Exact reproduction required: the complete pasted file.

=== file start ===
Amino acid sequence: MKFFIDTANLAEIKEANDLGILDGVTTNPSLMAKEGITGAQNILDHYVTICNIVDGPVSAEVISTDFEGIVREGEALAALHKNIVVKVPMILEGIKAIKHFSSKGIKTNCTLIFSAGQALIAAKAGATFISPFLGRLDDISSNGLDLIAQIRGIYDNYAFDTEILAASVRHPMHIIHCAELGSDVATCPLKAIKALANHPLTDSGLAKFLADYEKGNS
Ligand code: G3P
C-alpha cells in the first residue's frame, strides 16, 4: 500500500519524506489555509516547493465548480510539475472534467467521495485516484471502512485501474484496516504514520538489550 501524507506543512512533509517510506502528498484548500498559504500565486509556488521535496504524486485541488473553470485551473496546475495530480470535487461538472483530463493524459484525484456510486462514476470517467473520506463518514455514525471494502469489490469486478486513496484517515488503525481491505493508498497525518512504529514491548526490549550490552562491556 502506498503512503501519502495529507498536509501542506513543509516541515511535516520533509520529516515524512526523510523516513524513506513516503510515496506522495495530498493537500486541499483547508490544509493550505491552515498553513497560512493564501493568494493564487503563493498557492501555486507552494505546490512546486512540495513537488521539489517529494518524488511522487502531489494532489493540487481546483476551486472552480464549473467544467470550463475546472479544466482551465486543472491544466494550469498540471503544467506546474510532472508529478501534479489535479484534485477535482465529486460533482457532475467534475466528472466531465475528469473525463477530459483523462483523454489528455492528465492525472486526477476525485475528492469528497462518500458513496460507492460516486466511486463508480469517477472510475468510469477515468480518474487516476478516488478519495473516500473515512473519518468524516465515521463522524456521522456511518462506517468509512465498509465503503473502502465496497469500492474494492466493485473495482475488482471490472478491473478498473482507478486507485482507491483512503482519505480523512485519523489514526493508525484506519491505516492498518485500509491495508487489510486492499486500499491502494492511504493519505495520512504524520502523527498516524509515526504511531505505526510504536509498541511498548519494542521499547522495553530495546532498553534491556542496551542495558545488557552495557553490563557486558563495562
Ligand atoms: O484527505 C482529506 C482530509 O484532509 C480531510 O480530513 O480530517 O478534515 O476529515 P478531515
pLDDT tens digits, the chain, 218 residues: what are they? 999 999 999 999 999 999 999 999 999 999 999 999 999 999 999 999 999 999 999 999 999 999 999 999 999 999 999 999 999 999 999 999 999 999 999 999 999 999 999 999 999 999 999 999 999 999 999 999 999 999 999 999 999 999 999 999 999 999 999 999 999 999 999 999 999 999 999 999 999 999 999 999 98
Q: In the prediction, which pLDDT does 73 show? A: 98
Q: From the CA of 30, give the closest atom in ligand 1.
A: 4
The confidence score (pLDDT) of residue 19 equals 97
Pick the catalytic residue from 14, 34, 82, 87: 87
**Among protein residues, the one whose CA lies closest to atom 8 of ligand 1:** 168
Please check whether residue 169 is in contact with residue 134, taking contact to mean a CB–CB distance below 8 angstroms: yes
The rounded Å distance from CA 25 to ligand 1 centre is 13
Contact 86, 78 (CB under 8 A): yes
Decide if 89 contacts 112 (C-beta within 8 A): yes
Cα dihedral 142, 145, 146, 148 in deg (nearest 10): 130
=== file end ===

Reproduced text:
Amino acid sequence: MKFFIDTANLAEIKEANDLGILDGVTTNPSLMAKEGITGAQNILDHYVTICNIVDGPVSAEVISTDFEGIVREGEALAALHKNIVVKVPMILEGIKAIKHFSSKGIKTNCTLIFSAGQALIAAKAGATFISPFLGRLDDISSNGLDLIAQIRGIYDNYAFDTEILAASVRHPMHIIHCAELGSDVATCPLKAIKALANHPLTDSGLAKFLADYEKGNS
Ligand code: G3P
C-alpha cells in the first residue's frame, strides 16, 4: 500500500519524506489555509516547493465548480510539475472534467467521495485516484471502512485501474484496516504514520538489550 501524507506543512512533509517510506502528498484548500498559504500565486509556488521535496504524486485541488473553470485551473496546475495530480470535487461538472483530463493524459484525484456510486462514476470517467473520506463518514455514525471494502469489490469486478486513496484517515488503525481491505493508498497525518512504529514491548526490549550490552562491556 502506498503512503501519502495529507498536509501542506513543509516541515511535516520533509520529516515524512526523510523516513524513506513516503510515496506522495495530498493537500486541499483547508490544509493550505491552515498553513497560512493564501493568494493564487503563493498557492501555486507552494505546490512546486512540495513537488521539489517529494518524488511522487502531489494532489493540487481546483476551486472552480464549473467544467470550463475546472479544466482551465486543472491544466494550469498540471503544467506546474510532472508529478501534479489535479484534485477535482465529486460533482457532475467534475466528472466531465475528469473525463477530459483523462483523454489528455492528465492525472486526477476525485475528492469528497462518500458513496460507492460516486466511486463508480469517477472510475468510469477515468480518474487516476478516488478519495473516500473515512473519518468524516465515521463522524456521522456511518462506517468509512465498509465503503473502502465496497469500492474494492466493485473495482475488482471490472478491473478498473482507478486507485482507491483512503482519505480523512485519523489514526493508525484506519491505516492498518485500509491495508487489510486492499486500499491502494492511504493519505495520512504524520502523527498516524509515526504511531505505526510504536509498541511498548519494542521499547522495553530495546532498553534491556542496551542495558545488557552495557553490563557486558563495562
Ligand atoms: O484527505 C482529506 C482530509 O484532509 C480531510 O480530513 O480530517 O478534515 O476529515 P478531515
pLDDT tens digits, the chain, 218 residues: what are they? 999 999 999 999 999 999 999 999 999 999 999 999 999 999 999 999 999 999 999 999 999 999 999 999 999 999 999 999 999 999 999 999 999 999 999 999 999 999 999 999 999 999 999 999 999 999 999 999 999 999 999 999 999 999 999 999 999 999 999 999 999 999 999 999 999 999 999 999 999 999 999 999 98
Q: In the prediction, which pLDDT does 73 show? A: 98
Q: From the CA of 30, give the closest atom in ligand 1.
A: 4
The confidence score (pLDDT) of residue 19 equals 97
Pick the catalytic residue from 14, 34, 82, 87: 87
**Among protein residues, the one whose CA lies closest to atom 8 of ligand 1:** 168
Please check whether residue 169 is in contact with residue 134, taking contact to mean a CB–CB distance below 8 angstroms: yes
The rounded Å distance from CA 25 to ligand 1 centre is 13
Contact 86, 78 (CB under 8 A): yes
Decide if 89 contacts 112 (C-beta within 8 A): yes
Cα dihedral 142, 145, 146, 148 in deg (nearest 10): 130